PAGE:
Dell recently announced Latitude ON, a feature first made available on its new Z notebook and on select E-series, but to be made available on most Latitudes going forward. Its primary mission is to allow “instant on” access to e-mail, calendar and the Web without requiring full boot-up of the machine. This is similar to Microsoft’s Windows SideShow, first made available in Vista but which never went anywhere.
But the features of Latitude ON take it well beyond SideShow’s, which required not only a peripheral processor but also a secondary LCD screen. Latitude ON runs a peripheral processor, in this case an ARM-based chip from Texas Instruments, with a Linux operating system kernel and a Citrix Receiver client for application enablement (while also allowing administrators to securely access the machine resources).
It runs a version of the Firefox browser for Web surfing and provides direct connection to Exchange, GroupWise or IMAP/POP3 e-mail systems through direct memory access. Also included is a dedicated document viewer for Word, Excel, PowerPoint and PDF files, dedicated Wi-Fi and a VPN for secure connectivity. In essence, what Dell has done with Latitude ON is provide an embedded “smartphone-lite” device that uses the main screen, keyboard, power and memory systems.
Latitude ON provides an interesting example of what can be added to machines to extend user convenience for relatively small cost. It’s included on Z and is a $199 option on E4200 and E4300, but we estimate the additional cost to Dell to be $50 to $70.
However, this capability is not new. Lenovo has offered a similar ARM-based coprocessor system for about six months, albeit as an add-on Express Card compared to Dell’s built-onto-the-motherboard approach. Lenovo’s Constant Connect function is similar to Latitude ON but uses a connection via Bluetooth to a BlackBerry for e-mail, and Constant Protect is a security-related enhancement that adds Yoggie System’s firewall and anti-malware/intrusion protection capabilities to monitor all incoming and outgoing traffic.
Low-Cost, Low-Power, ARM-Based Chips
Low-cost, low-power, ARM-based chips
What makes the Dell and Lenovo approach interesting is that first, they utilize low-cost, low-power, ARM-based chips adapted from the smartphone industry. Second, they provide dedicated-function processing. And third, each subsystem is capable of being functionally extended, possibly even by third parties through a future API to include additional convenience and protection capabilities.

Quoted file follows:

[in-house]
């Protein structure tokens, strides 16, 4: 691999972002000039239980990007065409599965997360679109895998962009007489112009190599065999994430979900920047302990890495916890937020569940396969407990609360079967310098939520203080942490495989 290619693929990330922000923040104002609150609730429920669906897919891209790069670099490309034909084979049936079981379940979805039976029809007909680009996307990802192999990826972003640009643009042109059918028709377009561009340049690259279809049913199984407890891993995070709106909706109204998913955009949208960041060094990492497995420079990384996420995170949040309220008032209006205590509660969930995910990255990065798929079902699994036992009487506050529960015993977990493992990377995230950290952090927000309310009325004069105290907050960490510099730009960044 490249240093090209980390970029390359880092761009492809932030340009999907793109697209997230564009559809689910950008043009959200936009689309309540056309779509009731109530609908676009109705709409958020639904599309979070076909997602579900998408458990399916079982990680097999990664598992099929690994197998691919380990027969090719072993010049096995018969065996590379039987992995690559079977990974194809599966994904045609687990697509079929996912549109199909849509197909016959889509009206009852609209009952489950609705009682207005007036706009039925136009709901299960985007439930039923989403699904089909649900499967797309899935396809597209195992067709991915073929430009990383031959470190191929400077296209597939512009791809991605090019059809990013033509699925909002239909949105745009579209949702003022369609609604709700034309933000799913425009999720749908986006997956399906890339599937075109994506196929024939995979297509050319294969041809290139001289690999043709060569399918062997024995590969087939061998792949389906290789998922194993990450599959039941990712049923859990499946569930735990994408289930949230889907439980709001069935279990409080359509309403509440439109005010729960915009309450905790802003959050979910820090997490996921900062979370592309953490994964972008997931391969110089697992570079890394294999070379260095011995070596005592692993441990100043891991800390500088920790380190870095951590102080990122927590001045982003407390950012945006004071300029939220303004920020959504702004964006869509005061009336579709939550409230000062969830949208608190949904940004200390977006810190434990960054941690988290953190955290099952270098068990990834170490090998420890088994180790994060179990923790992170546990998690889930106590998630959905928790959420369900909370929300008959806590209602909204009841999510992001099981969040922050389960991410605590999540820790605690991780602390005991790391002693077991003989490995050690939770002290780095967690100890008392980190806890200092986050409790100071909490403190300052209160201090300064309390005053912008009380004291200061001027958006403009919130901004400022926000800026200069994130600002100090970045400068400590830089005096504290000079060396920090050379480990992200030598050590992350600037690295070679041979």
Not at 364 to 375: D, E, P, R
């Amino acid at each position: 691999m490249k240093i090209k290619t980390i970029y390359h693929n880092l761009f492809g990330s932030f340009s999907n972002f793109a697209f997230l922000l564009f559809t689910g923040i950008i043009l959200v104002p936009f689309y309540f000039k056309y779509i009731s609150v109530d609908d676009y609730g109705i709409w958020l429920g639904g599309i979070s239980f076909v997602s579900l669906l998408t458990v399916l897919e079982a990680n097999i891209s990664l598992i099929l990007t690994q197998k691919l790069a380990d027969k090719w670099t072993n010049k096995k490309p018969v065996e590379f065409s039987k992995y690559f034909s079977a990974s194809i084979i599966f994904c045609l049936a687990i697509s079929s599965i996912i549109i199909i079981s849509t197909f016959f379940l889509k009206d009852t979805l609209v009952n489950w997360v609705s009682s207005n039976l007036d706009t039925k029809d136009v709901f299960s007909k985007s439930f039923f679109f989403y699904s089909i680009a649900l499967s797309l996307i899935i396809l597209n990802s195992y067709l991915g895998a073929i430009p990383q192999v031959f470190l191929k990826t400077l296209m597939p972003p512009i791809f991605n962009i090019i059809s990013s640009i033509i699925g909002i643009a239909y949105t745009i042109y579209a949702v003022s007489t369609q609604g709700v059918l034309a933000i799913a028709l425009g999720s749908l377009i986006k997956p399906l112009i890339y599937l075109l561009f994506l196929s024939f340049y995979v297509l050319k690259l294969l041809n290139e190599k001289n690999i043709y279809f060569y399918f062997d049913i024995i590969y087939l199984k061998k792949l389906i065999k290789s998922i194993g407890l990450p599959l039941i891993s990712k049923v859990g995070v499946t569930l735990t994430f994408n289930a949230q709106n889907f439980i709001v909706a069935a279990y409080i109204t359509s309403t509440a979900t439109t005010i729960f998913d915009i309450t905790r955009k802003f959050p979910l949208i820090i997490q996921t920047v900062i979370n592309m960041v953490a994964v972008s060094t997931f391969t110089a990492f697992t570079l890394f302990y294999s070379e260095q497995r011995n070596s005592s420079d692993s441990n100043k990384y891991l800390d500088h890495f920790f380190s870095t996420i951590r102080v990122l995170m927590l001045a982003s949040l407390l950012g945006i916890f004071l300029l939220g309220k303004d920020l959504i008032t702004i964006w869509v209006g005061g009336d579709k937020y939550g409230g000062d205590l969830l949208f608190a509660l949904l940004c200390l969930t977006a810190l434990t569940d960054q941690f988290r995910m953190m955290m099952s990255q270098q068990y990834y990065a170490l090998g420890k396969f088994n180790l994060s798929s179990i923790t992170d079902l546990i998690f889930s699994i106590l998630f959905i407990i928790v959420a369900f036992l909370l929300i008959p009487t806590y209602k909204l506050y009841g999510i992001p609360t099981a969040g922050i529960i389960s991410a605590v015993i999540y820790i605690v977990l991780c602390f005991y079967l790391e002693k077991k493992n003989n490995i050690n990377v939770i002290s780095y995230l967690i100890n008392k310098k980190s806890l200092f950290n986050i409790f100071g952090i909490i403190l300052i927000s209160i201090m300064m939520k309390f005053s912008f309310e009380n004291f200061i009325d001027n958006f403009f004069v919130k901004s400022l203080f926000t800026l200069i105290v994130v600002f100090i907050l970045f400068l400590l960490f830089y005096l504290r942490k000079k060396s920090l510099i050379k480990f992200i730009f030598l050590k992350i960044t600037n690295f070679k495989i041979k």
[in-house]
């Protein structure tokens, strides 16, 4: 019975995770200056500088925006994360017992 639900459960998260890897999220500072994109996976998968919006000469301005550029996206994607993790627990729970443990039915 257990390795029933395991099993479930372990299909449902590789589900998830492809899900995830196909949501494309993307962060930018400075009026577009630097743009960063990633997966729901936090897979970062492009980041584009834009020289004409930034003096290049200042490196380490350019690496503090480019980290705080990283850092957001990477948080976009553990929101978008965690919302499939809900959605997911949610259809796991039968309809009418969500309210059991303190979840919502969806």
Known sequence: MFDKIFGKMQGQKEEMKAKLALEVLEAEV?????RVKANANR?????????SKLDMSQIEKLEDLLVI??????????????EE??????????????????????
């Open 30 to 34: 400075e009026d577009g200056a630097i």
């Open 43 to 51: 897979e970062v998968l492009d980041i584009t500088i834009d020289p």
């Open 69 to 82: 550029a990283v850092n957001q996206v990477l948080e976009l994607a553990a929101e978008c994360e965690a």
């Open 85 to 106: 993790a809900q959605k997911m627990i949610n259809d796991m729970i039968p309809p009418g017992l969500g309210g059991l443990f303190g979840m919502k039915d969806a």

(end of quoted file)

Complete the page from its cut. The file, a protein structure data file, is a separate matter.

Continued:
It is safe to assume that other manufacturers will follow suit and provide coprocessor subsystem in business and higher-end consumer machines-particularly as prices for ARM chips continue to fall. It is also highly likely that additional functionality will be added over time.
Finally, it is apparent that neither Windows nor x86 will be the preferred platforms utilized by these coprocessor subsystems-at least until x86 can match the low cost and low power of ARM (potentially with future Atom chips).
The bottom line: With the potential of one or more coprocessors per PC, ARM has a lucrative path in which to infiltrate the PC market-a market it has never impacted. While it’s unlikely that ARM will displace x86 for the core processor anytime soon, it nevertheless gives ARM a large potential market of many millions of units-a fact not lost on ARM licensees (for example, Texas Instruments, Freescale, Qualcomm and Samsung).
However, the coprocessing subsystems potentially offer another point of machine failure and/or instability, especially in corporate settings where consistency, security and device management is critical. Companies should be careful when and how to deploy these coprocessor-enabled systems until they prove their worth.
Jack E. Gold is the founder and Principal Analyst at J. Gold Associates, an IT analyst firm based in Northborough, Mass., covering the many aspects of business and consumer computing and emerging technologies. Jack is a former VP of research services at the META Group. He has over 35 years experience in the computer and electronics industries. He can be reached at firstname.lastname@example.org.